Double Dose of Tamiflu Offers No Added Benefit in Severe Flu
News Jun 04, 2013
Giving double doses of the antiviral drug Tamiflu to patients admitted to hospital with severe flu offers no clinical advantage over the standard dose, according to a randomized trial involving Oxford University researchers based in South East Asia.
This is the first study to look at the effectiveness of higher doses of Tamiflu, or oseltamivir, in cases of severe influenza infection.
The findings have implications for global guidelines on clinical management of severe flu, and also the stockpiling of drugs by national governments for pandemic preparedness, including in the current outbreak of the H7N9 bird flu virus in China.
Professor Jeremy Farrar, head of the Oxford University Clinical Research Unit in Vietnam and director of the South East Asia Infectious Disease Clinical Research Network, led the research. He said: 'The recommendation to give higher doses of oseltamivir to severe cases of flu infection has major implications for clinical management, public health, and planning for antiviral stockpiles but has not been grounded in evidence. Our findings do not support routine use of double doses to treat severe flu infections, which could help to conserve drug stocks in the event of a pandemic.'
The study is published in the medical journal BMJ and was funded by the Wellcome Trust, US National Institute of Allergy and Infectious Diseases and the Singapore National Medical Research Council.
Most people who are infected with flu will recover in a few days or up to two weeks. But some people will develop complications, such as difficulty with breathing, that result in hospital admission and can be life-threatening.
Studies have found that early treatment with Tamiflu is beneficial for patients with uncomplicated flu infection and improves survival in hospitalized patients with severe infection. This has led some authorities to recommend double doses of the drug for treatment of patients with severe flu infections.
The new study was conducted by researchers from the South East Asia Infectious Diseases Clinical Research Network, including scientists from Oxford University clinical research units in Indonesia, Thailand and Vietnam.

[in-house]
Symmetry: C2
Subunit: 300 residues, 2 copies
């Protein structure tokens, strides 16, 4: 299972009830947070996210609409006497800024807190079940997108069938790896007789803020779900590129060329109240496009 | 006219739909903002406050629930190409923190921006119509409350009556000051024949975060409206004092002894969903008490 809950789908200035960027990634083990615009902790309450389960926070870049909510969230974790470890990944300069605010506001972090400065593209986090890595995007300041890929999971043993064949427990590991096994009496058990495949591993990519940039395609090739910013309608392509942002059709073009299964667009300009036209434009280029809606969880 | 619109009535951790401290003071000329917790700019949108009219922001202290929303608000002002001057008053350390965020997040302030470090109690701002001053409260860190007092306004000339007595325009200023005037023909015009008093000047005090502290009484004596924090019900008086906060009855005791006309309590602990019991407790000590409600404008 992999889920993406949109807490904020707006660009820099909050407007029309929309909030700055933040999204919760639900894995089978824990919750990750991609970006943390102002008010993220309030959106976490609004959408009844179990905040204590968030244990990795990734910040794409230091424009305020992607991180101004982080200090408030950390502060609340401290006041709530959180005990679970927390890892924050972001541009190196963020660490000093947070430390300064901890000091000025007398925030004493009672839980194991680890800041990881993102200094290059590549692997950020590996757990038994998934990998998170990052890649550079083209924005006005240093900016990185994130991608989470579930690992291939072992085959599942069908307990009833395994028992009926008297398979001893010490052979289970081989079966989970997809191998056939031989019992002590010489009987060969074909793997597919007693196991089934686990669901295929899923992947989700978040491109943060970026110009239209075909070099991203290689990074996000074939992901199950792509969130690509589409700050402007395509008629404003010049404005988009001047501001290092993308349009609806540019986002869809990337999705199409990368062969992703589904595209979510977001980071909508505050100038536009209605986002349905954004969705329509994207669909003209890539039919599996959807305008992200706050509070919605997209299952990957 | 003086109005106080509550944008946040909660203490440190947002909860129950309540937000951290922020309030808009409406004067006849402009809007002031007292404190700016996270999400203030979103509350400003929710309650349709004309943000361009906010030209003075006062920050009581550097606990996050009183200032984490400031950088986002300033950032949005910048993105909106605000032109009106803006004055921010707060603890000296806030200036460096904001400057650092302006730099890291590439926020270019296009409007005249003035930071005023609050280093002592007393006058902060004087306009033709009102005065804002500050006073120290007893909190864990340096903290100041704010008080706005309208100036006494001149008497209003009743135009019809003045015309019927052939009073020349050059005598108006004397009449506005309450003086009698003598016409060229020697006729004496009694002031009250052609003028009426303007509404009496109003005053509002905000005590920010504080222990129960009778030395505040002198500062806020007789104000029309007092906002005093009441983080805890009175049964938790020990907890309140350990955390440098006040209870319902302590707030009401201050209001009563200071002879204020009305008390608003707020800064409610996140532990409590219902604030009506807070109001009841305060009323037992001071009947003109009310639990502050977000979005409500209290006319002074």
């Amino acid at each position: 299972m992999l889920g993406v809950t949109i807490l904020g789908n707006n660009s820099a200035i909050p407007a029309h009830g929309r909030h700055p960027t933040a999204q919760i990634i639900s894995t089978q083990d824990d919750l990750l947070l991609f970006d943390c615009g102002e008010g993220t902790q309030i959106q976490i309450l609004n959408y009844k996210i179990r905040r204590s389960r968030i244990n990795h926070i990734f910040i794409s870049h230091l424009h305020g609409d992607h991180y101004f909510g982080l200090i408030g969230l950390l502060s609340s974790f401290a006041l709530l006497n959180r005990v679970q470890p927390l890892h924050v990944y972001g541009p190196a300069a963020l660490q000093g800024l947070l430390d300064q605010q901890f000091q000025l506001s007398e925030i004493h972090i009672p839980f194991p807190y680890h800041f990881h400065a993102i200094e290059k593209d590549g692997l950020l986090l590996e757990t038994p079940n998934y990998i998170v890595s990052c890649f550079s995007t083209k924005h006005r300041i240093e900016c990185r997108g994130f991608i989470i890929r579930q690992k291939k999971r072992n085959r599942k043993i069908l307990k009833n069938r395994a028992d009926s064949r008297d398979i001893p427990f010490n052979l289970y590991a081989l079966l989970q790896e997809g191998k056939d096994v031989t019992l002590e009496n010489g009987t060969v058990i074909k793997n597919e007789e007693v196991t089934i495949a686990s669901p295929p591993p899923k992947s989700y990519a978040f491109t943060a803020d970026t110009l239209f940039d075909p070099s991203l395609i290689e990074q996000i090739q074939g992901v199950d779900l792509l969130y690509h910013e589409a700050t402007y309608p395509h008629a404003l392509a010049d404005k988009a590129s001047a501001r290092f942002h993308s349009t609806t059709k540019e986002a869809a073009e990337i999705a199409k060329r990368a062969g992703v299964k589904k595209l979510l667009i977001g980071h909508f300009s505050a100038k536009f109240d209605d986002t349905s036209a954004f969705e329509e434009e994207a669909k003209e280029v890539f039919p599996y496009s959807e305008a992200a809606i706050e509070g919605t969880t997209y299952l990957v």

The trial involved 326 patients with severe flu infection at 13 hospitals in Indonesia, Singapore, Thailand and Vietnam. Most of the patients were children under the age of 15.
Patients were given either a standard dose or double dose of Tamiflu for five days. Their virus levels were monitored for the duration of the treatment along with other outcomes, such as admission to intensive care, the need for mechanical ventilation to assist with breathing and death.
The findings reveal no difference in virus levels at day five between the different doses. There were also no clinical differences in the outcomes for patients, including need for ventilation, time in hospital, deaths, or rates of adverse events.
Worms Exhibit Fear and Respond to Anti-anxiety MedsNews
A team of investigators has uncovered new clues about the mechanisms of fear and anxiety through an unlikely creature: the tiny nematode worm.READ MORE
Macrophage's Role in Maintaining Tattoos Could Hold Key to RemovalNews
Researchers have discovered that, though a tattoo may be forever, the skin cells that carry the tattoo pigment are not. Instead, the cells can pass on the pigment to new cells when they die. The study suggests ways to improve the ability of laser surgery to remove unwanted tattoos.READ MORE
New Causes of Cellular Decline in Prematurely Aging Kids DiscoveredNews
In a recent paper published in Cell Reports, Saint Louis University researchers have uncovered new answers about why cells rapidly age in children with a rare and fatal disease. The data points to cellular replication stress and a mistaken innate immune response as culprits, and the team found success in the laboratory in blocking these processes with vitamin D.READ MORE
Comments | 0 ADD COMMENT
International Conference on Neuroimmunology, Neurological disorders and Neurogenetics
Sep 26 - Sep 27, 2018